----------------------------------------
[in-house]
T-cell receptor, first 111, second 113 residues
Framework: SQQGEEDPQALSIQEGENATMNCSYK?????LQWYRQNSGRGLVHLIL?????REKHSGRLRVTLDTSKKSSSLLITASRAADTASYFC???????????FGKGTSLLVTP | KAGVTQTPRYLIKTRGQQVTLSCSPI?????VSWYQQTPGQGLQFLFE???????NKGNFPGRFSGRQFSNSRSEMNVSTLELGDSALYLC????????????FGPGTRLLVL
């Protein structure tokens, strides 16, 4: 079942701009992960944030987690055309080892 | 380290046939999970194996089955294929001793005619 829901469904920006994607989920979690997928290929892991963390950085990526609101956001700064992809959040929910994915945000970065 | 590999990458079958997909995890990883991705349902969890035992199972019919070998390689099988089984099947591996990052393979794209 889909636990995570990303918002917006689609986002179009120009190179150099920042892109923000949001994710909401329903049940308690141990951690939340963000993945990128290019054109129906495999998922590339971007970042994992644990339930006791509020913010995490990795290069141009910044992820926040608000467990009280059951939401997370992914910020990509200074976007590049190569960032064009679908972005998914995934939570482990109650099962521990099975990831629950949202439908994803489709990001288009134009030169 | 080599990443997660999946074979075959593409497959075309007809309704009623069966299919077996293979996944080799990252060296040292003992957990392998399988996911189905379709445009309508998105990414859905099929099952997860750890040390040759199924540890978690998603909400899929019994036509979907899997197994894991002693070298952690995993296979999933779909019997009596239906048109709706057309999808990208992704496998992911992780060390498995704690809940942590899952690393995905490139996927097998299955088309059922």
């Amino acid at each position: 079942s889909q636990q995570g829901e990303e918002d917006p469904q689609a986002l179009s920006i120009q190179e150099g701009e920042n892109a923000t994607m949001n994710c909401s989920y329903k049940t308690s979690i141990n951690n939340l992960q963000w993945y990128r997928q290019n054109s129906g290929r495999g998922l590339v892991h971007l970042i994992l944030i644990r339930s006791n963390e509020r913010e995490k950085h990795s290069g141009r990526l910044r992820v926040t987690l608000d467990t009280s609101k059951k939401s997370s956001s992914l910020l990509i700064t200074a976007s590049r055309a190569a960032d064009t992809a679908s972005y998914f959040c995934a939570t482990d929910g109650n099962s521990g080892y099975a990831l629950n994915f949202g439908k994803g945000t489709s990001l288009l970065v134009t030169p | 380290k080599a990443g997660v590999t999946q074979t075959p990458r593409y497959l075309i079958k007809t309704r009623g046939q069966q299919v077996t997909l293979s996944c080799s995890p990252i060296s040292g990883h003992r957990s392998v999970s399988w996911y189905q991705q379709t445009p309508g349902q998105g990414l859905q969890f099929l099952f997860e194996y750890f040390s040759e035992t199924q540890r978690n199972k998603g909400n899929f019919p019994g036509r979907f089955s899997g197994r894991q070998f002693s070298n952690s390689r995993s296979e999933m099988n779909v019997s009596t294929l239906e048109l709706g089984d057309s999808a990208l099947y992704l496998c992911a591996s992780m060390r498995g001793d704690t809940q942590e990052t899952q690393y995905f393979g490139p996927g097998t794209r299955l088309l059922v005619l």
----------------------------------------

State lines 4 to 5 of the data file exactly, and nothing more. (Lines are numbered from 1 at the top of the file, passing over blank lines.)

């Protein structure tokens, strides 16, 4: 079942701009992960944030987690055309080892 | 380290046939999970194996089955294929001793005619 829901469904920006994607989920979690997928290929892991963390950085990526609101956001700064992809959040929910994915945000970065 | 590999990458079958997909995890990883991705349902969890035992199972019919070998390689099988089984099947591996990052393979794209 889909636990995570990303918002917006689609986002179009120009190179150099920042892109923000949001994710909401329903049940308690141990951690939340963000993945990128290019054109129906495999998922590339971007970042994992644990339930006791509020913010995490990795290069141009910044992820926040608000467990009280059951939401997370992914910020990509200074976007590049190569960032064009679908972005998914995934939570482990109650099962521990099975990831629950949202439908994803489709990001288009134009030169 | 080599990443997660999946074979075959593409497959075309007809309704009623069966299919077996293979996944080799990252060296040292003992957990392998399988996911189905379709445009309508998105990414859905099929099952997860750890040390040759199924540890978690998603909400899929019994036509979907899997197994894991002693070298952690995993296979999933779909019997009596239906048109709706057309999808990208992704496998992911992780060390498995704690809940942590899952690393995905490139996927097998299955088309059922």
């Amino acid at each position: 079942s889909q636990q995570g829901e990303e918002d917006p469904q689609a986002l179009s920006i120009q190179e150099g701009e920042n892109a923000t994607m949001n994710c909401s989920y329903k049940t308690s979690i141990n951690n939340l992960q963000w993945y990128r997928q290019n054109s129906g290929r495999g998922l590339v892991h971007l970042i994992l944030i644990r339930s006791n963390e509020r913010e995490k950085h990795s290069g141009r990526l910044r992820v926040t987690l608000d467990t009280s609101k059951k939401s997370s956001s992914l910020l990509i700064t200074a976007s590049r055309a190569a960032d064009t992809a679908s972005y998914f959040c995934a939570t482990d929910g109650n099962s521990g080892y099975a990831l629950n994915f949202g439908k994803g945000t489709s990001l288009l970065v134009t030169p | 380290k080599a990443g997660v590999t999946q074979t075959p990458r593409y497959l075309i079958k007809t309704r009623g046939q069966q299919v077996t997909l293979s996944c080799s995890p990252i060296s040292g990883h003992r957990s392998v999970s399988w996911y189905q991705q379709t445009p309508g349902q998105g990414l859905q969890f099929l099952f997860e194996y750890f040390s040759e035992t199924q540890r978690n199972k998603g909400n899929f019919p019994g036509r979907f089955s899997g197994r894991q070998f002693s070298n952690s390689r995993s296979e999933m099988n779909v019997s009596t294929l239906e048109l709706g089984d057309s999808a990208l099947y992704l496998c992911a591996s992780m060390r498995g001793d704690t809940q942590e990052t899952q690393y995905f393979g490139p996927g097998t794209r299955l088309l059922v005619l």